Determinants of Attitudes Towards Immigration: A Trade-Theoretic Approach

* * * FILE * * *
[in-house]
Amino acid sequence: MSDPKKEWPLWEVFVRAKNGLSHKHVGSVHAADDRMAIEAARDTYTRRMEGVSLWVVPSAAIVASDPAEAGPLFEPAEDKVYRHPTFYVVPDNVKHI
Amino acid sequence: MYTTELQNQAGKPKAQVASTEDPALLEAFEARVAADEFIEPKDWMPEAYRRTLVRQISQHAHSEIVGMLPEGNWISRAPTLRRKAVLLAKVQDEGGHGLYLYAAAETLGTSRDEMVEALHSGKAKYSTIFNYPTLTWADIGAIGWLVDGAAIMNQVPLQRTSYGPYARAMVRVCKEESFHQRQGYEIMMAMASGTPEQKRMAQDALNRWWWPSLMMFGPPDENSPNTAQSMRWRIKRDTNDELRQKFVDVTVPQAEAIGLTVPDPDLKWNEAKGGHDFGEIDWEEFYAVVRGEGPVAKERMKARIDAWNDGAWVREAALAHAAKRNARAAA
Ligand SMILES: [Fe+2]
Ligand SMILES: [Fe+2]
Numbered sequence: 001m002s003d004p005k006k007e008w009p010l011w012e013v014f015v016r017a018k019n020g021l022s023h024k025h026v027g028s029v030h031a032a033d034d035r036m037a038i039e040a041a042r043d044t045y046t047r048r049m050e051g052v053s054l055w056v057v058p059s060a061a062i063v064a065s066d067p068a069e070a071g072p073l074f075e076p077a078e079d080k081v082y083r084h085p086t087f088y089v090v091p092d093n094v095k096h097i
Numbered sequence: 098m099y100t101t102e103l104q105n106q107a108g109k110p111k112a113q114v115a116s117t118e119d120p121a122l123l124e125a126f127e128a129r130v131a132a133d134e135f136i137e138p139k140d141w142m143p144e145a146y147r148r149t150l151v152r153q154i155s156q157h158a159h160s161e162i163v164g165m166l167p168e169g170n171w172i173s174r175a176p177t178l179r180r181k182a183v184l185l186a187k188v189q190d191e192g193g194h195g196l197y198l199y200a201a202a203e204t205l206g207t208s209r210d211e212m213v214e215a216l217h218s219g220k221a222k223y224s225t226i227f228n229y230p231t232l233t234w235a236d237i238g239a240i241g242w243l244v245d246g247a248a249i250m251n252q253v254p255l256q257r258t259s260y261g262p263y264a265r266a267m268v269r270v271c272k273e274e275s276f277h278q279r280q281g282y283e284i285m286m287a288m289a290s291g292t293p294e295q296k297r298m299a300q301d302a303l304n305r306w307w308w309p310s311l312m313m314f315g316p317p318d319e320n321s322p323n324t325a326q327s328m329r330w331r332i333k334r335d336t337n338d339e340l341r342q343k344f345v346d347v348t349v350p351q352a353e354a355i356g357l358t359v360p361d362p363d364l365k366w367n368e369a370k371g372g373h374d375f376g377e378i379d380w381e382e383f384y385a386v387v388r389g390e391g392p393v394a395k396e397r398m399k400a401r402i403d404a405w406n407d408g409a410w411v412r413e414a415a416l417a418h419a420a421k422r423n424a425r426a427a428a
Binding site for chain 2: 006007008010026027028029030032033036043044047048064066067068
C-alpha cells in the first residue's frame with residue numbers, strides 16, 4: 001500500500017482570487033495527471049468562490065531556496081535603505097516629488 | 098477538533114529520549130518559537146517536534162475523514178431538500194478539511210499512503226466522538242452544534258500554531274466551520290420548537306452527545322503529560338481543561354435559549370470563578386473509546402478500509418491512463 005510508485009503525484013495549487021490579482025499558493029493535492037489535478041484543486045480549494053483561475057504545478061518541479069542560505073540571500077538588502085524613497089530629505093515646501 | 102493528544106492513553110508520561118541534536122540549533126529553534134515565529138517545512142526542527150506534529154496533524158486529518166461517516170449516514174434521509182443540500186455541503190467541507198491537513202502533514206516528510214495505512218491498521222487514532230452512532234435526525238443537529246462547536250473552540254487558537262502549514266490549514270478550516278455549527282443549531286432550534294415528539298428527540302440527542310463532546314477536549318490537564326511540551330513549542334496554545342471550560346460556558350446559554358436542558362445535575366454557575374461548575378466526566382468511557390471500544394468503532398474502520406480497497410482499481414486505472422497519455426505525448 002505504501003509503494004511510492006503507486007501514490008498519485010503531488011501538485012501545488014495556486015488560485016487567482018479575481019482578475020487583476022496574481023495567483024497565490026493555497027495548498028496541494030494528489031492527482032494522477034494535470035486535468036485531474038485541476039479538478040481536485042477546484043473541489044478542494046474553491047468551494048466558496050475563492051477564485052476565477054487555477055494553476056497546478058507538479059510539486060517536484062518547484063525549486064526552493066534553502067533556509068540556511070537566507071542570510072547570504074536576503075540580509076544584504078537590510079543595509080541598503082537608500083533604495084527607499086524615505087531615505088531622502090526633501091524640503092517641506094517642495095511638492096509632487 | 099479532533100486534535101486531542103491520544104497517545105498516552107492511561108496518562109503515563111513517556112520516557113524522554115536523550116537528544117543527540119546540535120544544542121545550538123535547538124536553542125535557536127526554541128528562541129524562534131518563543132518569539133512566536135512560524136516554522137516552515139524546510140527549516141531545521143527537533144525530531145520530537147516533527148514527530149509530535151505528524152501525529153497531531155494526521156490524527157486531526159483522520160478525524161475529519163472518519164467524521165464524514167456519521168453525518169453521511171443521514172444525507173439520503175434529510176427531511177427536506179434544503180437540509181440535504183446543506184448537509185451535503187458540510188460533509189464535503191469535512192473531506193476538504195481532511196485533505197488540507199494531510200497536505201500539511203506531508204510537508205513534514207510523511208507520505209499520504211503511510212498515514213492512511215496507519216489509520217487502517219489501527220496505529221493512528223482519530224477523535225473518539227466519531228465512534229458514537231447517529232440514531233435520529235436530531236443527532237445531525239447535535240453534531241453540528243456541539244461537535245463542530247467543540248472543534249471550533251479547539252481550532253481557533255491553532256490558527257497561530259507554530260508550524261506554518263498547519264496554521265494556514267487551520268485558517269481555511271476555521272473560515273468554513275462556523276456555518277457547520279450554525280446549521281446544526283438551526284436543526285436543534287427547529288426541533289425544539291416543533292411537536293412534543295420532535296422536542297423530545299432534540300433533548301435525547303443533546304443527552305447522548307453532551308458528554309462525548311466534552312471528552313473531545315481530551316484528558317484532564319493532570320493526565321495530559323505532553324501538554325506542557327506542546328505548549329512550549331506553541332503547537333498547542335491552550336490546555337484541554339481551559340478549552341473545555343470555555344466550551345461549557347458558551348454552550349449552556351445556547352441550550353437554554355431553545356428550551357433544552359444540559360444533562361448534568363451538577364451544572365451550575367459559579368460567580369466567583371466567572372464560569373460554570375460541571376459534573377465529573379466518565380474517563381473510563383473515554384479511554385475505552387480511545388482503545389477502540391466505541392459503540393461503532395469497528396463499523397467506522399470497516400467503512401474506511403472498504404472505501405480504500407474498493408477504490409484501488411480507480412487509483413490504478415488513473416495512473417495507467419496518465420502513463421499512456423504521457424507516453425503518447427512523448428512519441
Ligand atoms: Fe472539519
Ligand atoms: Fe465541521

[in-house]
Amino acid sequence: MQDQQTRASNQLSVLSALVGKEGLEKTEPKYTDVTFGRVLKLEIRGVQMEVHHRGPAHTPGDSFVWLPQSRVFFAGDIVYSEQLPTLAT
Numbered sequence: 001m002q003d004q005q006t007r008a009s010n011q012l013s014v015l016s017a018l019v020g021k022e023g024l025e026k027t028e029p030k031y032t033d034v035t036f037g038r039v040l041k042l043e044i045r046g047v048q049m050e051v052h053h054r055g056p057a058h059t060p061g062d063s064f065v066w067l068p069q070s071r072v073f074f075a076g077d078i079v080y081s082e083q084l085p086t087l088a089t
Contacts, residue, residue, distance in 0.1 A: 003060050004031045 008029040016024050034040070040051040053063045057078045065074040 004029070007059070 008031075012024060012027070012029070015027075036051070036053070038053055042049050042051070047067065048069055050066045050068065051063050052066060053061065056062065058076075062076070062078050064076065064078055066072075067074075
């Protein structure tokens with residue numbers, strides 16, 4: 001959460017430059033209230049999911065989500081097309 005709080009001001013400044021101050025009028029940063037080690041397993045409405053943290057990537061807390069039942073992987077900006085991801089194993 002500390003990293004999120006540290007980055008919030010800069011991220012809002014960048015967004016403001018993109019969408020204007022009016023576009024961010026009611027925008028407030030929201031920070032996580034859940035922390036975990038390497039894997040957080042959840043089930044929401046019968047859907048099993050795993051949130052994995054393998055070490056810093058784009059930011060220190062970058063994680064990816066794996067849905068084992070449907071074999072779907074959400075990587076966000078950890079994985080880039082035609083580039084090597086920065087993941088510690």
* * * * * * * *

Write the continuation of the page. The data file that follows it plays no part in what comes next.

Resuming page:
This paper uses a three-factor (capital, low- and high-skill labour), two-household (low- and high-skill individuals), two-sector trade model to analyse the determinants of voter attitudes towards immigration under direct democracy and identify factors that would be coherent with both the observed increase in the skilled-unskilled wage differential and the stiffening attitudes towards low-skill capital-poor immigration. If the import-competing sector is intensive in the use of low-skill labour, and capital is the middle factor, an improvement in the terms of trade or neutral technical progress in the exporting sector leads nationals to oppose immigration of capital-poor low-skill households. An increase in income inequality is also likely to stiffen attitudes towards this type of capital-poor, low-skill immigration prevalent in Europe until recently.
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